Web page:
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Spring: Flowers and Baseball

April 7, 2017

I keep stumbling into things. Preparing for my monthly visit to an assisted living center, I decided on a Spring theme. The month before, I had asked them what the word “Spring” conjured up for them. There were two strong responses: flowers and baseball. So – why not do a program on both? Voila!

I already had a great Ojibwe folktale describing how the great Nanabozho created first – the colors of the flowers and second – a rainbow. During my research for this tale, I discovered that there were many First Nation stories about flowers: ex. the Ottawa story about their tribal flower: the trailing arbutus.

flowers

But I had no stories – or knowledge – about baseball. There were dim memories of my first year of teaching at Silverado Junior High in Napa, California. Our principal, deans, and many teachers were fervid baseball fans. Therefore, the World Series was broadcast over the school loudspeaker system – much to the chagrin of un-informed and illiterate teachers like me. Then I remembered a book written by a prominent historian, a memoire of her childhood –  including her love affair with the Brooklyn Dodgers. I found the book in the library.

Doris Kearns Goodwin’s book, “Wait Till Next Year” is a delight. With a deft and unsentimental touch, she brings back memories of growing up in suburban New York in the 40’s and 50’s. Her love of baseball began early:

“When I was six, my father gave me a bright-red scorebook that opened my heart to the game of baseball. After dinner on long summer nights, he would sit beside me in our small enclosed porch to hear my account of that day’s Brooklyn Dodgers game. Night after night he taught me the odd collection of symbols, numbers, aned letters that enable a baseball lover to record every action of the game.”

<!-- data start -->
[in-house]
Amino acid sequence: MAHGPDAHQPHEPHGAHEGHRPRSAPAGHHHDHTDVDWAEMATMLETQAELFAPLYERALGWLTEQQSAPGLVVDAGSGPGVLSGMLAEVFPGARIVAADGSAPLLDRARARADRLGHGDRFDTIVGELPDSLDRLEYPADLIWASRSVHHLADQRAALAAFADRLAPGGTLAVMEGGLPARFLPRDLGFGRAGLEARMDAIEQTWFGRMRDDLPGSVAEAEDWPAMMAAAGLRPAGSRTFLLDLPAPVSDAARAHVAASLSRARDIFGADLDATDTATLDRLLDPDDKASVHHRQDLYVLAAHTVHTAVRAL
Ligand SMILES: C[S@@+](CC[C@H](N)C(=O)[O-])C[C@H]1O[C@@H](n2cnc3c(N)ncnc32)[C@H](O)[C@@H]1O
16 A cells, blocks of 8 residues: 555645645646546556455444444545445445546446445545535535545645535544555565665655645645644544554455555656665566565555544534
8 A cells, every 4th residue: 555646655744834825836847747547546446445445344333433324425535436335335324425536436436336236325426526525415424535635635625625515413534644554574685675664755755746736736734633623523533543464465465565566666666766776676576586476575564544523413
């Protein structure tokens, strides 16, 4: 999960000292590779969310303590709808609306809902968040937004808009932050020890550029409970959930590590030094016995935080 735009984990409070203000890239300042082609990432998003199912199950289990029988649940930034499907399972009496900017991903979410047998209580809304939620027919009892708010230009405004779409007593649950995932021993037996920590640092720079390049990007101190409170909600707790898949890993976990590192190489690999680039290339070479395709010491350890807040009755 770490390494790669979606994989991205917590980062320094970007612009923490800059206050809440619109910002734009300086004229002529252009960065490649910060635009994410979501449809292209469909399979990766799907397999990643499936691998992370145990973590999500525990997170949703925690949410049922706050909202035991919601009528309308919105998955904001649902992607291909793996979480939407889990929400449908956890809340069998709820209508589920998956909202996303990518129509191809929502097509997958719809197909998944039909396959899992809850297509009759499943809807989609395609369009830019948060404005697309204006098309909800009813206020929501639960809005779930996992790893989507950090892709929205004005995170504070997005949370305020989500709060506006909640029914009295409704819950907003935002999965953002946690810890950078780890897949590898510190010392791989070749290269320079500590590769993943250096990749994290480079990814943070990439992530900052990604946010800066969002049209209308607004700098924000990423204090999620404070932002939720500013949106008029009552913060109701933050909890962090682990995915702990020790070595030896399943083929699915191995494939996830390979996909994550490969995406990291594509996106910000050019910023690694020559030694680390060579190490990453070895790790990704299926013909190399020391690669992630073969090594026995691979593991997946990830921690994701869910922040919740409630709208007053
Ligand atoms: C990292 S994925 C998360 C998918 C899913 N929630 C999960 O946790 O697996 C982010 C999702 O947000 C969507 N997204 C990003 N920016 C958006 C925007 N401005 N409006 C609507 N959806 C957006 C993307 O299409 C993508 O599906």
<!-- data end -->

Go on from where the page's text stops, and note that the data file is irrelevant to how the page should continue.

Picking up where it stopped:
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Doris had the great good luck to fall in love with baseball at the beginning of a grand era for New York fans. Between 1949 – 1957, all three New York teams: the Giants, the Yankees, and her beloved Dodgers competed in the World Series. She describes her first actual game at Ebbets Field:

“I reached over instinctively to hold my father’s hand as we wended our way to seats between home plate and first base, which like thousands of seats in this tiny, comfortable park, were so close to the playing field that we could hear what the ballplayers said to one another….I was witness to a splendid game… the Dodgers won 4 – 3.”

What a wonderful resource… it brings back an era my audience will remember and a sport that many of them followed as avidly as Doris. Play ball!

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